Last Wednesday Micah and I went to a kidney transplant class. I promised I would write about it this week, because I couldn’t do it last week. I was still too brain fried to even try.
The class was three hours long, and I ended up with fifteen plus pages of notes. There is a LOT to learn and think about when it comes to kidney transplants and Oregon Health Sciences University wants to make sure all potential transplant candidates go into their transplants with their eyes wide open. They want us to be well informed on the risks and benefits of transplant.
On first blush, it would seem like getting a kidney transplant would be the answer to all our prayers. Micah would have the freedom to move where he wants when he wants and not be bound to a machine three times a week. He would have more energy. He could have a much better quality of life.
But there ARE risks involved. Acute rejections, while rare, do occur. If they are caught right away (which means Micah has to stay on top of all the home care necessities, like logging bp and taking a bajillion meds that cost $30,000 a year–which, by the way, is about the cost of one month on dialysis), it is possible to save the kidney. But not always. Plus, just because you get a kidney transplant mean that life is always sunshine and roses after that. Transplanted kidneys have a “shelf life”. Depending on the source, how well it is matched, and whether the kidney came from a living or deceased donor all affect how long and how well the kidney will function. It could be 8 years or 18 years. Some people get theirs to last 30+ years. But that isn’t so common.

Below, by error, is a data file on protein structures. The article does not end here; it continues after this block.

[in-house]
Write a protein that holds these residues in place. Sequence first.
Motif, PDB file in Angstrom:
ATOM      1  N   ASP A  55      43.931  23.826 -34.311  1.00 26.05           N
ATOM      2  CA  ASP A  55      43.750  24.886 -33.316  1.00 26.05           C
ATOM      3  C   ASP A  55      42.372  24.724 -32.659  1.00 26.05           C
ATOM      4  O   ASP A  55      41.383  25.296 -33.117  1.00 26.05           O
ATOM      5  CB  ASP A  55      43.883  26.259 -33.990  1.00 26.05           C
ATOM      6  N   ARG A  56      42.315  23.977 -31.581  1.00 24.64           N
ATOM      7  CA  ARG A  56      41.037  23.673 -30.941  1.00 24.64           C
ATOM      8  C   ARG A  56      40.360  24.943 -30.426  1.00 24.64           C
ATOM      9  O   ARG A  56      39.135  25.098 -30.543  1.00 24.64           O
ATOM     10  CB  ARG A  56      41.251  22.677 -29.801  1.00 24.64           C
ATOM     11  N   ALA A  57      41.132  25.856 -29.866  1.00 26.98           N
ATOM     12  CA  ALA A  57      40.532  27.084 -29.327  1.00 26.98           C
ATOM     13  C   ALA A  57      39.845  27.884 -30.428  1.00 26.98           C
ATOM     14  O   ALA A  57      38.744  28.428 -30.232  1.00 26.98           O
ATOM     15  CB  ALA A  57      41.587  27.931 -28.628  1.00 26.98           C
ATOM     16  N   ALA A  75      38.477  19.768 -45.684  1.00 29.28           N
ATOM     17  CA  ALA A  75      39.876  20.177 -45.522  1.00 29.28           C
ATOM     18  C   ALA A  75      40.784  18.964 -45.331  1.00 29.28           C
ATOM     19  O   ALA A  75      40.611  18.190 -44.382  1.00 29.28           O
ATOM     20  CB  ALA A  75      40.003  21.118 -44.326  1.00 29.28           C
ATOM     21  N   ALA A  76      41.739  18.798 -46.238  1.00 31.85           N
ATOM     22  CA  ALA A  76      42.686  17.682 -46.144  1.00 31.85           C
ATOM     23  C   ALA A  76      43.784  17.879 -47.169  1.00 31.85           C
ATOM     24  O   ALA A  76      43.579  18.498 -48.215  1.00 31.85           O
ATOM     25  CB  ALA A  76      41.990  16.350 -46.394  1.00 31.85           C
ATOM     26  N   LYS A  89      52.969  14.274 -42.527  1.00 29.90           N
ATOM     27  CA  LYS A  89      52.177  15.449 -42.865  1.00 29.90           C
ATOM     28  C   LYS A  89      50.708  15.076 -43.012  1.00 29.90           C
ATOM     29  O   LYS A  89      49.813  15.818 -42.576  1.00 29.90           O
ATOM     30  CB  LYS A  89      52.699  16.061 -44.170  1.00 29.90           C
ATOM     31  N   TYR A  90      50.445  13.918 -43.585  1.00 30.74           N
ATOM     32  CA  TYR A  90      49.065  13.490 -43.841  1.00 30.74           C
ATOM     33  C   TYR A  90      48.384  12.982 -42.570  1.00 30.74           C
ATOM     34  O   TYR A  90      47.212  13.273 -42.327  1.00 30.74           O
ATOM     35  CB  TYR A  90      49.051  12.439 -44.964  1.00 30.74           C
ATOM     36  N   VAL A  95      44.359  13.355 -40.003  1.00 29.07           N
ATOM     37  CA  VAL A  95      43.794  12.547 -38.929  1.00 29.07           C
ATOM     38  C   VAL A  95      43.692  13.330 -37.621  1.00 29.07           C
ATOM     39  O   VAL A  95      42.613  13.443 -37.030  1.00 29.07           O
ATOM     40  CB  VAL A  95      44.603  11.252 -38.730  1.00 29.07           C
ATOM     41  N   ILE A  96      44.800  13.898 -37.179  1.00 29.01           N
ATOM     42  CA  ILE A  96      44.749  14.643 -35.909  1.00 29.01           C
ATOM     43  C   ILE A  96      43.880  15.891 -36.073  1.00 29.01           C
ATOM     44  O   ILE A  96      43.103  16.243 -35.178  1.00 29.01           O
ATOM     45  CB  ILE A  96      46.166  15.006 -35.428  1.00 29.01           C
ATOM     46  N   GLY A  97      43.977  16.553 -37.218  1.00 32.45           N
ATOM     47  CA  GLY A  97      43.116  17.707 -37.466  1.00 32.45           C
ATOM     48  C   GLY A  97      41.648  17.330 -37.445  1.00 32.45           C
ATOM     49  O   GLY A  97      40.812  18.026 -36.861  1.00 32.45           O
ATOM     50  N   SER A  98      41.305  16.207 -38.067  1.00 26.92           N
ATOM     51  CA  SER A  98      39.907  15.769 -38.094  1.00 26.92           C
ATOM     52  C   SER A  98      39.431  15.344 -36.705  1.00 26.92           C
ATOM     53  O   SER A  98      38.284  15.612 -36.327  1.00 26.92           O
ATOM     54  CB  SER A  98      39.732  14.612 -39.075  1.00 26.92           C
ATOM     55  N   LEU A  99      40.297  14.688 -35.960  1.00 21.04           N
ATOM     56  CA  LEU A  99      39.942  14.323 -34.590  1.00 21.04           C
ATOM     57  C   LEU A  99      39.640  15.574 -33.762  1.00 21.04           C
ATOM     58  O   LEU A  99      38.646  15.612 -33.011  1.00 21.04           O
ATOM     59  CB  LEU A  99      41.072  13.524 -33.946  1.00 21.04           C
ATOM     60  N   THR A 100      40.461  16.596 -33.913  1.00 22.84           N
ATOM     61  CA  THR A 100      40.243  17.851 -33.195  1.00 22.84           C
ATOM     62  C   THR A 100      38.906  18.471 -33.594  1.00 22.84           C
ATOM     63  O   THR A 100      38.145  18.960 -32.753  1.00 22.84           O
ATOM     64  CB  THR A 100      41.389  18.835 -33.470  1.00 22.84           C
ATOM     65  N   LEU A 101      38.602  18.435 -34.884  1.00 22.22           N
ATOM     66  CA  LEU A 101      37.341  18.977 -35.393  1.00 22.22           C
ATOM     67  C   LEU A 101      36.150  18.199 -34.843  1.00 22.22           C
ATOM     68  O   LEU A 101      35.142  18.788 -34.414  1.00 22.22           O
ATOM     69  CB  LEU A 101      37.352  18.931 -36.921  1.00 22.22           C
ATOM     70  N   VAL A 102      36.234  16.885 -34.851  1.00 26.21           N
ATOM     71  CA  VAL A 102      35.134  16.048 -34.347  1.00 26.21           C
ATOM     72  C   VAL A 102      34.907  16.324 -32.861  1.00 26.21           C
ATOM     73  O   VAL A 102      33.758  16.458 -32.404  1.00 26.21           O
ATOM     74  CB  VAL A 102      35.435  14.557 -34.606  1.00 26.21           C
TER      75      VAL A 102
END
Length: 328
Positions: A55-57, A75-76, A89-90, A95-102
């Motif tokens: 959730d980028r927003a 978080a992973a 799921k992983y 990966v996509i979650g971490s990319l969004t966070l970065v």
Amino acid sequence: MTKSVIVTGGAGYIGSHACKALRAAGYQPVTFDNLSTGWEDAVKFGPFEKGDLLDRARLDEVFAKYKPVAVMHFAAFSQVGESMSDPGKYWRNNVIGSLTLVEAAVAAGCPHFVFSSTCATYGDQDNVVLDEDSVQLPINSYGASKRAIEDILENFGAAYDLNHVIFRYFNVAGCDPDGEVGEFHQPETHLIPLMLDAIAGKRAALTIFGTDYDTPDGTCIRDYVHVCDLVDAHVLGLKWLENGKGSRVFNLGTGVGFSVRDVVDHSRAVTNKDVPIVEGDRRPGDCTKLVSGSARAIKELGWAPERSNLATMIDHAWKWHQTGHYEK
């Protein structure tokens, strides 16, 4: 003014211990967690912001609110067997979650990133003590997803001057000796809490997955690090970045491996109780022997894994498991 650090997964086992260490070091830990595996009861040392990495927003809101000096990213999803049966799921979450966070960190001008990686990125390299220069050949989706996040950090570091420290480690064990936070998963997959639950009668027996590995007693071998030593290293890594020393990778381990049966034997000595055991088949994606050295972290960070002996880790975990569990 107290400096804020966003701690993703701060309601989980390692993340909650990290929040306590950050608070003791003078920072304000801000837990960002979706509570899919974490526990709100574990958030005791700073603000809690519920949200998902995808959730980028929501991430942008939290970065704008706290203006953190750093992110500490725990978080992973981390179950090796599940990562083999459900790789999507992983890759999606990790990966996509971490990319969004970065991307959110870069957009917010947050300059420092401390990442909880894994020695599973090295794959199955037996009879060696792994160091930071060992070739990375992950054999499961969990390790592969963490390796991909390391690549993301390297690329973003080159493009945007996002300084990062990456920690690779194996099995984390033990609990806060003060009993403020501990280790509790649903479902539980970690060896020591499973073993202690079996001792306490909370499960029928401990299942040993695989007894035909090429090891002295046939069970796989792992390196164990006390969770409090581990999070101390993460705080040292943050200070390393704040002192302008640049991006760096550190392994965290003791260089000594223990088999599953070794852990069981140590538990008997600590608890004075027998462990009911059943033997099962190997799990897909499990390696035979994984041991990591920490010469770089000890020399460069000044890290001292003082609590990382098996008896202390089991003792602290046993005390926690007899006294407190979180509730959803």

In addition, one kidney is enough to live, yes, but it is still reduced function and Micah will always need to adhere to a healthy diet. So getting a kidney doesn’t mean he then can go eat burgers and salty french fries and all the other things that really aren’t healthy. Once in a while is okay–like anything, moderation is key. How well you take care of yourself (diet, exercise, etc.) can affect how long the donated kidney will last.
Anyhow, after our transplant class, Micah was seriously stressing. He had absolutely no sleep the night before (maybe an hour?) because of dialysis and was tired to begin with. Add on all of this information and his head hurt. Emotions ran high, so to speak.
To say he got smacked upside the head by the fear train is only a mild exaggeration. But he did get scared. He’s afraid of the risks of the transplantation surgery. The worst possible outcome–death–is rare, but statistically, it does happen. While he is worried for himself, he is more afraid that his aunt, who so graciously told him she would be willing to donate her kidney, will die on the operating table, trying to give him a new life again.
In addition to the surgery risks, he is equally afraid of the upkeep. He is afraid he will forget to take his anti-rejection drugs, which he will have to take every day of the rest of his kidney’s life like clockwork. He is afraid he will eat the wrong things or do the wrong things and the kidney will die off sooner rather than later and that the surgery will have been for nothing.
After we got home from the class, he was so exhausted and worried and scared that he balled up on the bed and clung to a pillow for dear life. I talked with him and reasoned with him and soothed him until he fell asleep.
I don’t think it was until Friday that he came to me out of the blue and said, “I wanna do it.”
I knew immediately what “do it” he meant.
OHSU has called, and he is set to get the first round of lab work done on July 25th. He’ll get to be a human pincushion and they’ll take somewhere in the neighborhood of 23 vials of blood for testing.
We are giddy, but nervous. And still the fear creeps in (I have my own, too–I don’t want to be a widow, thank you very much). But we are charging forward into this territory so new to us. I am so grateful for the advice and help of other kidney patients who have lived through the process and have been so helpful and kind to talk with us and walk us through our fears. It makes it less scary and the possibilities more tangible.